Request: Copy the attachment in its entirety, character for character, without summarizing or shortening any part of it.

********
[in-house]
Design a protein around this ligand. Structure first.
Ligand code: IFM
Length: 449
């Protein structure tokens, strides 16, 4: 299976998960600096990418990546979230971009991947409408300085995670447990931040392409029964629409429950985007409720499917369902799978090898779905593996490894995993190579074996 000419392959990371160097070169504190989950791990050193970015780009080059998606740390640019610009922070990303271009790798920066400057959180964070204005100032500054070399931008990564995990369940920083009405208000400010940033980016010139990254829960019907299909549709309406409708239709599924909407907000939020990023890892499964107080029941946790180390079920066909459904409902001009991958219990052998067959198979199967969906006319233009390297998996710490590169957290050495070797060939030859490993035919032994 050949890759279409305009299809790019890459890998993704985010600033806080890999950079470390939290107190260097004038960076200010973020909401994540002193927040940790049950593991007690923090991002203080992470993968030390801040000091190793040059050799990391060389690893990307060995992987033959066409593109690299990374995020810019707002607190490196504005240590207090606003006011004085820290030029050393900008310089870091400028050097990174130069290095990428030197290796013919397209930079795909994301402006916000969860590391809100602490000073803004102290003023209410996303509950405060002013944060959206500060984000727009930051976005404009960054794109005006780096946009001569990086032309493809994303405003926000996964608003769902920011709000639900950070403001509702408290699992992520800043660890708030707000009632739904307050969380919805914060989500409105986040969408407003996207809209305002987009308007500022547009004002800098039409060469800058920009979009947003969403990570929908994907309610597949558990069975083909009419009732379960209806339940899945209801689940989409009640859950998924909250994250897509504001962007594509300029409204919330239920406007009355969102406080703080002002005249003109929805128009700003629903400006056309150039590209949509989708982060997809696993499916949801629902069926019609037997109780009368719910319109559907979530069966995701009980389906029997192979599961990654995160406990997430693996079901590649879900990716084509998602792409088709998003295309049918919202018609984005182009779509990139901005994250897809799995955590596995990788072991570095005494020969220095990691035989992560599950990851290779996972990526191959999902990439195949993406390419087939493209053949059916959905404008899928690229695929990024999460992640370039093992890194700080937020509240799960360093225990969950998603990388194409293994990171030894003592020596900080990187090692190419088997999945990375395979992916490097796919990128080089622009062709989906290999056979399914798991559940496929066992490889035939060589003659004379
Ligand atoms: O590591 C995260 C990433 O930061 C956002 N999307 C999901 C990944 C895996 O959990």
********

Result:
[in-house]
Design a protein around this ligand. Structure first.
Ligand code: IFM
Length: 449
């Protein structure tokens, strides 16, 4: 299976998960600096990418990546979230971009991947409408300085995670447990931040392409029964629409429950985007409720499917369902799978090898779905593996490894995993190579074996 000419392959990371160097070169504190989950791990050193970015780009080059998606740390640019610009922070990303271009790798920066400057959180964070204005100032500054070399931008990564995990369940920083009405208000400010940033980016010139990254829960019907299909549709309406409708239709599924909407907000939020990023890892499964107080029941946790180390079920066909459904409902001009991958219990052998067959198979199967969906006319233009390297998996710490590169957290050495070797060939030859490993035919032994 050949890759279409305009299809790019890459890998993704985010600033806080890999950079470390939290107190260097004038960076200010973020909401994540002193927040940790049950593991007690923090991002203080992470993968030390801040000091190793040059050799990391060389690893990307060995992987033959066409593109690299990374995020810019707002607190490196504005240590207090606003006011004085820290030029050393900008310089870091400028050097990174130069290095990428030197290796013919397209930079795909994301402006916000969860590391809100602490000073803004102290003023209410996303509950405060002013944060959206500060984000727009930051976005404009960054794109005006780096946009001569990086032309493809994303405003926000996964608003769902920011709000639900950070403001509702408290699992992520800043660890708030707000009632739904307050969380919805914060989500409105986040969408407003996207809209305002987009308007500022547009004002800098039409060469800058920009979009947003969403990570929908994907309610597949558990069975083909009419009732379960209806339940899945209801689940989409009640859950998924909250994250897509504001962007594509300029409204919330239920406007009355969102406080703080002002005249003109929805128009700003629903400006056309150039590209949509989708982060997809696993499916949801629902069926019609037997109780009368719910319109559907979530069966995701009980389906029997192979599961990654995160406990997430693996079901590649879900990716084509998602792409088709998003295309049918919202018609984005182009779509990139901005994250897809799995955590596995990788072991570095005494020969220095990691035989992560599950990851290779996972990526191959999902990439195949993406390419087939493209053949059916959905404008899928690229695929990024999460992640370039093992890194700080937020509240799960360093225990969950998603990388194409293994990171030894003592020596900080990187090692190419088997999945990375395979992916490097796919990128080089622009062709989906290999056979399914798991559940496929066992490889035939060589003659004379
Ligand atoms: O590591 C995260 C990433 O930061 C956002 N999307 C999901 C990944 C895996 O959990």